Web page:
Jean Fruth on Being a Woman in Sports Photography | Groundbreaking Women


FRUTH: International Women’s Day means different things to different people, but what ties it all together is women coming together and uniting for equality. I think it’s also important to celebrate for International Women’s Day Celebrate all the incredible achievements that women have already made in all of those arenas. [inspirational music] My name is Jean Fruth. I’m a sports photographer, specializing in documenting the game of baseball from the grassroots to the major leagues. I actually got started in portrait photography. I worked with two women Uh, portrait photographers who took me under their wing, and I was able to go on shoots with them and work with clients. It wasn’t the photography I intended to do. I really didn’t know what my direction was with my photography at that time. But it was a great way to get started with these women. It was all film. Black-and-white. I, uh, developed and printed all their work in their darkroom and eventually had my own and… And while I was doing that I was also exploring where I wanted to go with my photography. So I was working, I was taking classes. I was working with–I worked with a wedding photographer, a landscape photographer. And eventually, the opportunity of sports presented itself, and when it did I never looked back. It was so immediate that that was my passion And that’s where I needed to be, and then it was “how do I get there?” And “how do I make this my photography and my path?” [music continues] Especially when you get started and you’re the new kid on the block–whether you’re a guy or a girl– But surely when you’re a female and, like, you get started. And it’s interesting because it’s just, like, the West Coast was a little bit more love peace and happiness, honestly. And I come from the East Coast, and so the mellow vibe of the photographers on the west coast was actually very nice because it’s a little bit more of a gentle landing. You know, they may have their opinions, but the politeness, and they will help you at the end of the day. And I found that, if you reach out, and you ask for a piece of advice like I think it helps break the ice, and then they feel like they’re helping you now. You have a new friend and that helps you, but there were some ornery ones who you know, “what are you doing here?” And you just kind of ignore those and eventually they come around and if they don’t, they don’t, you know There’s plenty of room on the sidelines for everybody. You know, it’s just, uh… And then your work speaks for itself eventually, you know. I mean, you get the work out there and Anybody can say what you want to say, but eventually, you can’t hide and then the work is there. And then it’s like “oh, okay! Well that speaks for itself.” And, you know, as the baseball players say “let your bat to the talking.” [laughs] [music] I love sports, but I didn’t play them. I loved baseball. I did coach my son’s little league team and had a tremendous joy from that, which is where the grass roots and the love of grass roots started and came from but… The excitement and the thrill of a sports game– –it really didn’t matter to me, if I was going to a Little League game or to the World Series. Like the same feeling and excitement, and I have that same exact passion of feeling so alive when I’m going to a game and it’s The energy and the adrenaline and “what, what’s gonna happen?” [laughs] I’ve been fortunate to have a lot of great experiences for sure, um… Working with the National Baseball Hall of Fame and Museum and being able to add to their archives and grow their archives and also give them a contemporary voice was very fulfilling to me. Probably what I’m most proud of is my grass roots baseball project, you know. It started off as a book–Grassroots Baseball Where Legends Begin– and then it grew into this whole initiative. When I was traveling around the world, and when I still travel around the world, shooting the professional game, I always take time to shoot the amateur game, the grassroots game. And, if I’m in Japan shooting the World Baseball Classic, I’ll take time to peel off and shoot a little league game in Tokyo or shoot a pickup game in the Dominican Republic, street baseball in Cuba, sand lots in Mexico, old guys playing stickball on the streets of New York City, and that collection of photographs really never seen before! And during my tenure with the Baseball Hall of Fame I got to know a lot of the Hall of Famers and do projects with them, and take their portrait, and hear their stories of what it was like growing up in these regions. And then have the idea of “what if I pair this amateur baseball around the world with these legends, and they can tell their stories of what it was like growing up?” And that’s how Grassroots Baseball Where Legends began came about. And it’s 15 chapters around the world, and each chapter opens with a legend who tells his story about growing up in that region, and his young of baseball, and it’s guys like Vladimir Guerrero and Hank Aaron and, Cal Ripken Jr. writes the introduction, and Johnny Bench writes the afterword and Whitey Ford for New York City. [music] Why it’s important to celebrate International Women’s Day. So when we celebrate… I think also recognizing those who have made great efforts to support women. So all of those things. Recognition, celebration, call for action. And I would say, for recognition, Sony is a I think a wonderful example and a leader in supporting women in our craft. That’s important I mean the creator and residents program, you know, just shows with a little support and opening some doors professional women can, who have dedicated their lives to a career in photography, a career in filmmaking, they can rise to, you know, the top of their game, you know and be at the top level with that support, you know And that’s what’s important is these professional women raising up and being able to have the opportunity, and I think when you have leaders like that it’s, it’s far more reaching than just one program. It’s, uh… When we come together for something like International Women’s Day and you see leaders like Sony doing what they’re doing. The hope is other companies also then want to do that same thing whether companies in our industry or in other industries, and they see this powerful example, and they follow suit and then you have something [music] By and large, I have been really fortunate to–and I continue to be fortunate–to.. uh, have an experience, very positive very nurturing. My mentors, who were so generous with their time and with their experience and with their guidance, they are really my lifelong friends now, and among them, and the community of photographers that I have grown to know, I’ve really, um… learned that giving back in the community that you live in and that you work in is most important.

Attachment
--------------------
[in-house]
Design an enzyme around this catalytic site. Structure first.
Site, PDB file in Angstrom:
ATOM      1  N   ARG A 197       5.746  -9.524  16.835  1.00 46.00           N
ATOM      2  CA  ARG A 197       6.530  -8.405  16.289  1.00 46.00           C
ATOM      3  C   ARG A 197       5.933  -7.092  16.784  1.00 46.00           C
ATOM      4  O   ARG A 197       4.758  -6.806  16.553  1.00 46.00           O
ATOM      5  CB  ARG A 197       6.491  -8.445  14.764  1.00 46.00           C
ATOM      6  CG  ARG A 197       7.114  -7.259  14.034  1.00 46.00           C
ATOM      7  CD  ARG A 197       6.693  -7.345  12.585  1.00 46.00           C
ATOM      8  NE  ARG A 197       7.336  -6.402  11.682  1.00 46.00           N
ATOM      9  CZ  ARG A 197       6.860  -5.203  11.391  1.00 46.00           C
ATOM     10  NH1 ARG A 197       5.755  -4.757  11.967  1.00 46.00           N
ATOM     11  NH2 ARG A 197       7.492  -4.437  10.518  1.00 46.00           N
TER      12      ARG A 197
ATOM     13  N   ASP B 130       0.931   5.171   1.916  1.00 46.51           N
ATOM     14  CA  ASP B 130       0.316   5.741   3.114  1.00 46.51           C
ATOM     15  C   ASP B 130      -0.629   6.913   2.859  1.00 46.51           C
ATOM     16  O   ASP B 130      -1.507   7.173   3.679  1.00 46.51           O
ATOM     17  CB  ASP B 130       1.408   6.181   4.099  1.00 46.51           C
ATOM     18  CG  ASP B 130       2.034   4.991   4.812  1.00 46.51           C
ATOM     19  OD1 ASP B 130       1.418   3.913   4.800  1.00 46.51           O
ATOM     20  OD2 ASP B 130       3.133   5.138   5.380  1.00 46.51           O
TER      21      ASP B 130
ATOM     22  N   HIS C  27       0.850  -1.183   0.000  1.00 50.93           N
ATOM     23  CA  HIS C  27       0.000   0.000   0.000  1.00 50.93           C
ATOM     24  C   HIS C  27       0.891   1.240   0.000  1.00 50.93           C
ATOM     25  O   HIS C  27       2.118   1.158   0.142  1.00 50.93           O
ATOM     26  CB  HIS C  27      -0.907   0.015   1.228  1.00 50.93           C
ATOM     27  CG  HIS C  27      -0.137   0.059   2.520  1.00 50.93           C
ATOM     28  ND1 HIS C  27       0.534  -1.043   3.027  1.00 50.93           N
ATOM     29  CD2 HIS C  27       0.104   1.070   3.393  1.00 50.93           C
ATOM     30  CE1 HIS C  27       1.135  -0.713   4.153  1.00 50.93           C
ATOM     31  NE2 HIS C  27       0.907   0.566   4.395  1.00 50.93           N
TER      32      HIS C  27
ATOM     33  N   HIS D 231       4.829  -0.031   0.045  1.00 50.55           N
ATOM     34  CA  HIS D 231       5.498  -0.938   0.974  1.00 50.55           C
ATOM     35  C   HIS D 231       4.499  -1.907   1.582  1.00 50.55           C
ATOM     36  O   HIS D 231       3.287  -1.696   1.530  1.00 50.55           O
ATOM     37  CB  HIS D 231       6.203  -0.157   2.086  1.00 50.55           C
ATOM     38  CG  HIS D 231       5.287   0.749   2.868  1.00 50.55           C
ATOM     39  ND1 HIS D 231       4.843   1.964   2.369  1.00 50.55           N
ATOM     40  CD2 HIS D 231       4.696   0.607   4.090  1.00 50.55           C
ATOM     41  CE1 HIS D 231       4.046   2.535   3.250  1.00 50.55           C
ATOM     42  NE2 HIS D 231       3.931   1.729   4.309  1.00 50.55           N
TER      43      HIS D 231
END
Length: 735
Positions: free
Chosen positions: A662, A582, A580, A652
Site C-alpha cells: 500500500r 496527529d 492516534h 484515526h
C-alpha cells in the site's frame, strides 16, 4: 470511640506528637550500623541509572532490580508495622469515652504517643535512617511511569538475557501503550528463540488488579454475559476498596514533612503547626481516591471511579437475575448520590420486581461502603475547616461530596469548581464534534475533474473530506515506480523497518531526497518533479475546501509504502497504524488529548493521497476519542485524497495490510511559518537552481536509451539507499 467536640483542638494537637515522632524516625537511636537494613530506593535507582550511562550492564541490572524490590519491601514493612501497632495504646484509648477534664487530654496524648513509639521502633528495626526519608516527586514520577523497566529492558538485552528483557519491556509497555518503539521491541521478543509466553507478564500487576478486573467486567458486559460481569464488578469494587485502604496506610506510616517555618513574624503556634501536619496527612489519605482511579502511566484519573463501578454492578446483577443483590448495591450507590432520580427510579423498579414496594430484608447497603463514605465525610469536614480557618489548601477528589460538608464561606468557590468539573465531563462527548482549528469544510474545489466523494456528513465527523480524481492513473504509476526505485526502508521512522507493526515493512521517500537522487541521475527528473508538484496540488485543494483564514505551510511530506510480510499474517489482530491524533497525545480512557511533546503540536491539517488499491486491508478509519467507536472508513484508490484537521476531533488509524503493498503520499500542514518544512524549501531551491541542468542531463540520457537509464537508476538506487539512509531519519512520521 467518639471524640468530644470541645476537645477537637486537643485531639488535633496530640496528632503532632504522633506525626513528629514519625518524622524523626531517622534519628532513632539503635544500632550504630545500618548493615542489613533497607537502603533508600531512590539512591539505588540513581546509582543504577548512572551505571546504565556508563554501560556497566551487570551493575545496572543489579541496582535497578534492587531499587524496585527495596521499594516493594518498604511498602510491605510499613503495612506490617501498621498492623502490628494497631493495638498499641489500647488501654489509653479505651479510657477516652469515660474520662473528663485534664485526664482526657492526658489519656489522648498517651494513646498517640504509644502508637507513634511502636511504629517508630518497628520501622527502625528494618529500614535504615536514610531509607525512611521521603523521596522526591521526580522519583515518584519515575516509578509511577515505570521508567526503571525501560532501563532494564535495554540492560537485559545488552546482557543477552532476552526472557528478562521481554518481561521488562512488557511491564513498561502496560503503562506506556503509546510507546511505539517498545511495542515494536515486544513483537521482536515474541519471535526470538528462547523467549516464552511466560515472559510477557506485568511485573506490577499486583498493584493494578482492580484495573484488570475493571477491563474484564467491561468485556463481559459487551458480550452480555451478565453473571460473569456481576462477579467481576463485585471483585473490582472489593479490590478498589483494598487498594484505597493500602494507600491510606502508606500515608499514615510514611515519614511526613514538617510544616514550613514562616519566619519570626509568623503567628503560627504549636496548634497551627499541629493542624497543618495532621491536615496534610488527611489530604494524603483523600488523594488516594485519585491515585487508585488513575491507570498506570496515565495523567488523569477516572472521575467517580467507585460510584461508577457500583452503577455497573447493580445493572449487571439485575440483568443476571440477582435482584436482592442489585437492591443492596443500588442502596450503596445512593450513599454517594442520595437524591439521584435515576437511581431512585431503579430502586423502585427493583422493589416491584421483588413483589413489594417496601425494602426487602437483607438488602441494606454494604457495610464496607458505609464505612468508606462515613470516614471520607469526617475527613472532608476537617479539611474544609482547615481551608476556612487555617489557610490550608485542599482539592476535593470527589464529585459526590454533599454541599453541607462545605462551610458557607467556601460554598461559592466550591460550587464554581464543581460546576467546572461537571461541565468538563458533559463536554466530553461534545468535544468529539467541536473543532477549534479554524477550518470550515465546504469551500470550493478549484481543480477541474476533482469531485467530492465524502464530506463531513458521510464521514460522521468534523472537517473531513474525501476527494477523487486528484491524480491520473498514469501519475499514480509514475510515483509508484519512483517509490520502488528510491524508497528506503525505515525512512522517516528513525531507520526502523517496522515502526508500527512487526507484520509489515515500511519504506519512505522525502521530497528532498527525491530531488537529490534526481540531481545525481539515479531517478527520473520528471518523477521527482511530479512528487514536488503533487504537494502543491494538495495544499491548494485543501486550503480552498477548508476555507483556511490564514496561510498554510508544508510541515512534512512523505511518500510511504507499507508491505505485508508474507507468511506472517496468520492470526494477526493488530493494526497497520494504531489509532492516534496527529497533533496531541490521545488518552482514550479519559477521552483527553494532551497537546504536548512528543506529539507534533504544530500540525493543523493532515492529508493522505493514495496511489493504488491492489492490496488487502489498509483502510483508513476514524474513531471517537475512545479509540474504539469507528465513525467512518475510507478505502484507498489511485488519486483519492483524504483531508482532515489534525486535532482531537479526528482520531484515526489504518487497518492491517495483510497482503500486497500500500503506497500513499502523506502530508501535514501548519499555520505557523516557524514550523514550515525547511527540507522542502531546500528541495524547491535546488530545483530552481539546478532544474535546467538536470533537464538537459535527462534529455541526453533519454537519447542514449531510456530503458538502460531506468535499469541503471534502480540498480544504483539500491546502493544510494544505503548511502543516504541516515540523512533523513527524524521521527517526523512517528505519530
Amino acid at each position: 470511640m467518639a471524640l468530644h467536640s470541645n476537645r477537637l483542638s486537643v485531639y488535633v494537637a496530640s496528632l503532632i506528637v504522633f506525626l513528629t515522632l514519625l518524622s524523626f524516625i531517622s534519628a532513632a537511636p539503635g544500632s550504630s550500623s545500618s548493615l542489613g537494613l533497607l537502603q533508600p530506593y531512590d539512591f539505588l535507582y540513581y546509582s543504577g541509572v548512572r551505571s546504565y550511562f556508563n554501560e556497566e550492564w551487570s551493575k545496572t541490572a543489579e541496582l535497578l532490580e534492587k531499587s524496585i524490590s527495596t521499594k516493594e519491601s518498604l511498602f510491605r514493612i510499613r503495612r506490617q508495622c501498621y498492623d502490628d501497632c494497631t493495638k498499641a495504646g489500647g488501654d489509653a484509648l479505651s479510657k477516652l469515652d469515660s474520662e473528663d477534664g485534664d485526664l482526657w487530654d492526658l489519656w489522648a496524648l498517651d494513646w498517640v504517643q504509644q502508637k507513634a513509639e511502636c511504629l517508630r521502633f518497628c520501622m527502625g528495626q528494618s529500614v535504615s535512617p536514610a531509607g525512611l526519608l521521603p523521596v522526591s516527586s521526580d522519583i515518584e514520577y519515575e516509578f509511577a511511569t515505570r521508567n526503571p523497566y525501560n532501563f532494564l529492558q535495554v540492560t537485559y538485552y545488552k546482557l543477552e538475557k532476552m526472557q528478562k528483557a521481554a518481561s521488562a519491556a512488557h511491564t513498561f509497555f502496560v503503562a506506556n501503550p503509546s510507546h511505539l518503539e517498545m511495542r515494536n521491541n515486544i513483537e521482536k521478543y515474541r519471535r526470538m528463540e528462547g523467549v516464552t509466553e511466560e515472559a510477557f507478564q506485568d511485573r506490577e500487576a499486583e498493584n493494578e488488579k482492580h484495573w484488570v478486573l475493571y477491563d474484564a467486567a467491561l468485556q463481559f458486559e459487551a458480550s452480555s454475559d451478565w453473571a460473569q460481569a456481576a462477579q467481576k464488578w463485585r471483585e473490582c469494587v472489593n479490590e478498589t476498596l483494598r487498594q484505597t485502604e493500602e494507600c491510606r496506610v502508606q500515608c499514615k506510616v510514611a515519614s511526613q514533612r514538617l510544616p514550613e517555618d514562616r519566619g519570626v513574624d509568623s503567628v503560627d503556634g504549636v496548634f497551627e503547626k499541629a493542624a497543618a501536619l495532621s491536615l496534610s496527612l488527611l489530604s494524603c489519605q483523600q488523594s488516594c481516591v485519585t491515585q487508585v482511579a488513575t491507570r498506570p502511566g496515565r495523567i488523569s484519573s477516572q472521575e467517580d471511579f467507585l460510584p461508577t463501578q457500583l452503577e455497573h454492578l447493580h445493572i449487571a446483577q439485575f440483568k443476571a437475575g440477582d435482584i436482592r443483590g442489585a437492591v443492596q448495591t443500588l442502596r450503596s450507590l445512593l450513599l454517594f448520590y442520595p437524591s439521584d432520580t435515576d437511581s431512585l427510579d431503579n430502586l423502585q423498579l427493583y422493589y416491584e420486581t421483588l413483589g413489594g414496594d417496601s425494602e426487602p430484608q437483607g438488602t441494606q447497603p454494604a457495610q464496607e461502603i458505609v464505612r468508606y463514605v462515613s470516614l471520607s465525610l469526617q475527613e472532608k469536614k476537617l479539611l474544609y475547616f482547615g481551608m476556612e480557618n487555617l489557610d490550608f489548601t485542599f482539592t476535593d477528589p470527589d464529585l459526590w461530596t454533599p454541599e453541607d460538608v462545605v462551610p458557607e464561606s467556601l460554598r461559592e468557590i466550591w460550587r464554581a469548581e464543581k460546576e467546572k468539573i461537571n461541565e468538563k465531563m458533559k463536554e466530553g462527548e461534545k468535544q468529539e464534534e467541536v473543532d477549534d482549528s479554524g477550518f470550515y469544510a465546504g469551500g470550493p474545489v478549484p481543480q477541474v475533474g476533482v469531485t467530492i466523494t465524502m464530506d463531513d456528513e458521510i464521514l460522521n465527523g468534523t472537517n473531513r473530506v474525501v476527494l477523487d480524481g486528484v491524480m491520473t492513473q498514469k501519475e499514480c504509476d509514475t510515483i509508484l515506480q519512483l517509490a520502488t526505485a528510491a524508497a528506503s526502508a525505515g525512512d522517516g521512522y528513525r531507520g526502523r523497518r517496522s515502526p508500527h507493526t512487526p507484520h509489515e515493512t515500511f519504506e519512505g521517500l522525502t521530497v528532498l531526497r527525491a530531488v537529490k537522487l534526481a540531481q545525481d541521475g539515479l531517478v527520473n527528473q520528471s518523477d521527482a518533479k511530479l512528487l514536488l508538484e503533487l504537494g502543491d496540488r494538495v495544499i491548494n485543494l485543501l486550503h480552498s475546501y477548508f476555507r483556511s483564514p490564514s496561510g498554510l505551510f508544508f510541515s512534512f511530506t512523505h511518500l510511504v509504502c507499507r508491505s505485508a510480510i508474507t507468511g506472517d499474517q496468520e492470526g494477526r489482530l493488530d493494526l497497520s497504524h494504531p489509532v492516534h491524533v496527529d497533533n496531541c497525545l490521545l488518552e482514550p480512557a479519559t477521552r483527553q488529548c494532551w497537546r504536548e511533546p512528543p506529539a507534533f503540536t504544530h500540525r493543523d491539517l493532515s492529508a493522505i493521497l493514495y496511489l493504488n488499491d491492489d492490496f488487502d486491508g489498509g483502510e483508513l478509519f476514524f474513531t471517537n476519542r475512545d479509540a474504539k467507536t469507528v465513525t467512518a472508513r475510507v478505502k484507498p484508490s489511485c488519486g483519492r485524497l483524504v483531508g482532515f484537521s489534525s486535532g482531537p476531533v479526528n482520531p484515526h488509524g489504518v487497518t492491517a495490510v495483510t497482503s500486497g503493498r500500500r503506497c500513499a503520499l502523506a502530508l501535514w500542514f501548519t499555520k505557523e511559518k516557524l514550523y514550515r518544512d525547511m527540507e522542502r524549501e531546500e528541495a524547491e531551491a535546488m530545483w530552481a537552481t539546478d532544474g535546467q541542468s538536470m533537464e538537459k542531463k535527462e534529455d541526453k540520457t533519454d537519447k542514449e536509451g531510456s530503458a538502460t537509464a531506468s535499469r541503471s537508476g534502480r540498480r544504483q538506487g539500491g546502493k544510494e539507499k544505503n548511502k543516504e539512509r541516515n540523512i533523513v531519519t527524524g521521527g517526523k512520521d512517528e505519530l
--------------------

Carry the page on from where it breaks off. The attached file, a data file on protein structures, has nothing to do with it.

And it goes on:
4 Replies to “Jean Fruth on Being a Woman in Sports Photography | Groundbreaking Women

  1. Lovely. I Subscribe your channel. If you like mine subscribe too. Regards from Cyprus